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Directors’ duties – in the case of distressed companies

by Stephen on April 24th, 2019

A recent Court of Appeal decision has again underlined the point (made by the Court of Appeal in an earlier judgment) that the decision-making processes of distressed businesses are not to be assessed with the benefit of hindsight (i.e. that whether the decision-making process was the right one is based solely on an examination of the outcomes).  Instead, they are to be measured against the information available at the time – and the decisions made (in good faith) in reliance on that information


The sole director of Debut Homes Limited [Cooper v Debut Homes Limited (in liq) [2019] NZCA 39, 8 March 2019] , a spec house builder, appealed against findings by the High Court that, by continuing to trade by completing and selling four unfinished houses while the company was in financial difficulties, he had breached his director’s duties.

The cornerstone of the High Court decision that Mr Cooper had breached his duties under sections 131, 135, and 136 of the Companies Act 1993 by continuing to trade – was that, in doing so, he had favoured Debut Homes’ secured creditors at the expense of the IRD (for Debut Homes’ GST obligations).

In essence, facing balance sheet insolvency in 2012, Mr Cooper had elected to complete the four remaining houses in order to get a better return for Debut Homes than would have been the case had a liquidator been appointed with the result that the amount of GST owing to the IRD had been increased.

Court of Appeal decision

In upholding Mr Cooper’s appeal, the Court of Appeal determined that Mr Cooper’s decision to continue trading, by completing and selling the four houses, was for the benefit of all Debut Homes’ creditors.  Although that decision did result in Debut Homes incurring a greater GST obligation – it also generated greater returns for Debut Homes, with the result that the company’s creditors, as a whole, were better off.

Amongst the factors that contributed to the Court of Appeal decision were:

  • (Relying on the earlier Court of Appeal decision in Peace and Glory Society Ltd (2009)), the Court’s overview of the evidence was that Mr Cooper was acting in good faith and in what he believed was the best interests of the company when he decided to complete the building work and sell the remaining properties.  The prospect of a surplus not including GST, and advice from his accountant confirms that Mr Cooper was not manipulating events to defeat the IRD’s interests.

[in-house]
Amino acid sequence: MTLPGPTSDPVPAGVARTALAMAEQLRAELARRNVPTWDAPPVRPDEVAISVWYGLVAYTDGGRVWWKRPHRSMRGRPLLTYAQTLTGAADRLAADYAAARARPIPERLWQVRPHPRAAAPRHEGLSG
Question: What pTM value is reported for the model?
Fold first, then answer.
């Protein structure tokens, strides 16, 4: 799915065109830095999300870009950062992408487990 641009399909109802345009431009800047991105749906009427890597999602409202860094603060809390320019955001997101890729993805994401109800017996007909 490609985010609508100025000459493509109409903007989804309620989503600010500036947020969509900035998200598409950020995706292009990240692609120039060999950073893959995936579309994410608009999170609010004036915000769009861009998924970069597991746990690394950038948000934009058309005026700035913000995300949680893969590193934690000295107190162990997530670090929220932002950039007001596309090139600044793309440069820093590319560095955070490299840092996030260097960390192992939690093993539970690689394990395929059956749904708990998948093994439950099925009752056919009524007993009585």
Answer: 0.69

• Completing the building work was a reasonable commercial course.  Mr Cooper would get incidental benefits in that the secured debt would be more reduced, but he put in significant new funds, and provided one and a half year’s work without pay.  But it could be said that everyone, including the IRD, stood to get more money because of his actions.
  • Mr Cooper proceeded upon a reasonable belief that there would be a surplus after the sale of the unfinished properties, and it was only unexpected extra costs that meant that surplus was far smaller than expected.
  • The IRD was at serious risk of getting no GST before the decision to complete the properties.  On the basis of the evidence, the Court concluded that the risk taken was legitimate.  Whilst a developer needs to trade bearing in mind its GST obligations and must act with reasonable belief that the IRD will be paid (and if tax debt is in effect being used as the company’s bank, that can be reckless trading).  But here, the IRD was going to be in a bad position if there had been an immediate liquidation before the houses had been completed.